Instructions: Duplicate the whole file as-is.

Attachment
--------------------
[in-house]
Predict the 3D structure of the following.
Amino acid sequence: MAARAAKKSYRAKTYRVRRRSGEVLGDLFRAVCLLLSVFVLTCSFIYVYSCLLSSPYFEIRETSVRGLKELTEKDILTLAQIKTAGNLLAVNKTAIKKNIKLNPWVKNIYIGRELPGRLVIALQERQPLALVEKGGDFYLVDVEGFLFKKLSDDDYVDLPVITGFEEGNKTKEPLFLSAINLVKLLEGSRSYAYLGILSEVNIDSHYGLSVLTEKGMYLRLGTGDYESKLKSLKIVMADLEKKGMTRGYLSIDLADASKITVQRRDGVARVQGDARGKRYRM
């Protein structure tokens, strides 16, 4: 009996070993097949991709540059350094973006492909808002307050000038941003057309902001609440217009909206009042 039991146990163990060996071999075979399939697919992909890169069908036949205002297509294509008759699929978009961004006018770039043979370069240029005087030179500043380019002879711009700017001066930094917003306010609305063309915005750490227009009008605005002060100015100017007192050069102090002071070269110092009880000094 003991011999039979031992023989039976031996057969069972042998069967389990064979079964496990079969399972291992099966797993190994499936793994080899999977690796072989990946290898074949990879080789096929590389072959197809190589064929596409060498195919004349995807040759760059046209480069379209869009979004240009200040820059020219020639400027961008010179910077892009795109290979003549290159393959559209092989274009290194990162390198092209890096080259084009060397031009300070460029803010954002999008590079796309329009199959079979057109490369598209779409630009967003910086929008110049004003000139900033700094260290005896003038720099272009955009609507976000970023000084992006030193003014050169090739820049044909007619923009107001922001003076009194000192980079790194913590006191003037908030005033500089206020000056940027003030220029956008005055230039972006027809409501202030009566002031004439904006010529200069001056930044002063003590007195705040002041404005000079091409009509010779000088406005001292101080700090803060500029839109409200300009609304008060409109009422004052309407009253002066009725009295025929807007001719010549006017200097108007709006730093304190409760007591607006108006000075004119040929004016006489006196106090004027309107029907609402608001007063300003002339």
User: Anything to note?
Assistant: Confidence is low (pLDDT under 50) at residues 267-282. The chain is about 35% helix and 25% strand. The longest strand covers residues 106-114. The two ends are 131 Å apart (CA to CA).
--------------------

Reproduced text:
[in-house]
Predict the 3D structure of the following.
Amino acid sequence: MAARAAKKSYRAKTYRVRRRSGEVLGDLFRAVCLLLSVFVLTCSFIYVYSCLLSSPYFEIRETSVRGLKELTEKDILTLAQIKTAGNLLAVNKTAIKKNIKLNPWVKNIYIGRELPGRLVIALQERQPLALVEKGGDFYLVDVEGFLFKKLSDDDYVDLPVITGFEEGNKTKEPLFLSAINLVKLLEGSRSYAYLGILSEVNIDSHYGLSVLTEKGMYLRLGTGDYESKLKSLKIVMADLEKKGMTRGYLSIDLADASKITVQRRDGVARVQGDARGKRYRM
């Protein structure tokens, strides 16, 4: 009996070993097949991709540059350094973006492909808002307050000038941003057309902001609440217009909206009042 039991146990163990060996071999075979399939697919992909890169069908036949205002297509294509008759699929978009961004006018770039043979370069240029005087030179500043380019002879711009700017001066930094917003306010609305063309915005750490227009009008605005002060100015100017007192050069102090002071070269110092009880000094 003991011999039979031992023989039976031996057969069972042998069967389990064979079964496990079969399972291992099966797993190994499936793994080899999977690796072989990946290898074949990879080789096929590389072959197809190589064929596409060498195919004349995807040759760059046209480069379209869009979004240009200040820059020219020639400027961008010179910077892009795109290979003549290159393959559209092989274009290194990162390198092209890096080259084009060397031009300070460029803010954002999008590079796309329009199959079979057109490369598209779409630009967003910086929008110049004003000139900033700094260290005896003038720099272009955009609507976000970023000084992006030193003014050169090739820049044909007619923009107001922001003076009194000192980079790194913590006191003037908030005033500089206020000056940027003030220029956008005055230039972006027809409501202030009566002031004439904006010529200069001056930044002063003590007195705040002041404005000079091409009509010779000088406005001292101080700090803060500029839109409200300009609304008060409109009422004052309407009253002066009725009295025929807007001719010549006017200097108007709006730093304190409760007591607006108006000075004119040929004016006489006196106090004027309107029907609402608001007063300003002339």
User: Anything to note?
Assistant: Confidence is low (pLDDT under 50) at residues 267-282. The chain is about 35% helix and 25% strand. The longest strand covers residues 106-114. The two ends are 131 Å apart (CA to CA).